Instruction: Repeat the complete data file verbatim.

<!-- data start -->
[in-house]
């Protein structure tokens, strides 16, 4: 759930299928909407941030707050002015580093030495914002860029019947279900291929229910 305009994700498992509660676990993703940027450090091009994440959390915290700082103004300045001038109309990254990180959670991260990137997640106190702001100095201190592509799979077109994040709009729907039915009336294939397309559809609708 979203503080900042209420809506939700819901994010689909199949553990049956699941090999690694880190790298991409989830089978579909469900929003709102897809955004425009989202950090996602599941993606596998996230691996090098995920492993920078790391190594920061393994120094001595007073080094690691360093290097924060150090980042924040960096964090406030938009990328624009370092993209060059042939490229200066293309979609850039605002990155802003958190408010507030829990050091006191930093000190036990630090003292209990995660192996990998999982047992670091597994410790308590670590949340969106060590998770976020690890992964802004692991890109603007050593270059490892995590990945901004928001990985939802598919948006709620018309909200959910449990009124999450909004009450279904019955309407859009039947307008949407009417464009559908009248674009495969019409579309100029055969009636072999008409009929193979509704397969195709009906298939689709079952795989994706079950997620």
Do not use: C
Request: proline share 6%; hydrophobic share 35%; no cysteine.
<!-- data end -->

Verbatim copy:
[in-house]
């Protein structure tokens, strides 16, 4: 759930299928909407941030707050002015580093030495914002860029019947279900291929229910 305009994700498992509660676990993703940027450090091009994440959390915290700082103004300045001038109309990254990180959670991260990137997640106190702001100095201190592509799979077109994040709009729907039915009336294939397309559809609708 979203503080900042209420809506939700819901994010689909199949553990049956699941090999690694880190790298991409989830089978579909469900929003709102897809955004425009989202950090996602599941993606596998996230691996090098995920492993920078790391190594920061393994120094001595007073080094690691360093290097924060150090980042924040960096964090406030938009990328624009370092993209060059042939490229200066293309979609850039605002990155802003958190408010507030829990050091006191930093000190036990630090003292209990995660192996990998999982047992670091597994410790308590670590949340969106060590998770976020690890992964802004692991890109603007050593270059490892995590990945901004928001990985939802598919948006709620018309909200959910449990009124999450909004009450279904019955309407859009039947307008949407009417464009559908009248674009495969019409579309100029055969009636072999008409009929193979509704397969195709009906298939689709079952795989994706079950997620």
Do not use: C
Request: proline share 6%; hydrophobic share 35%; no cysteine.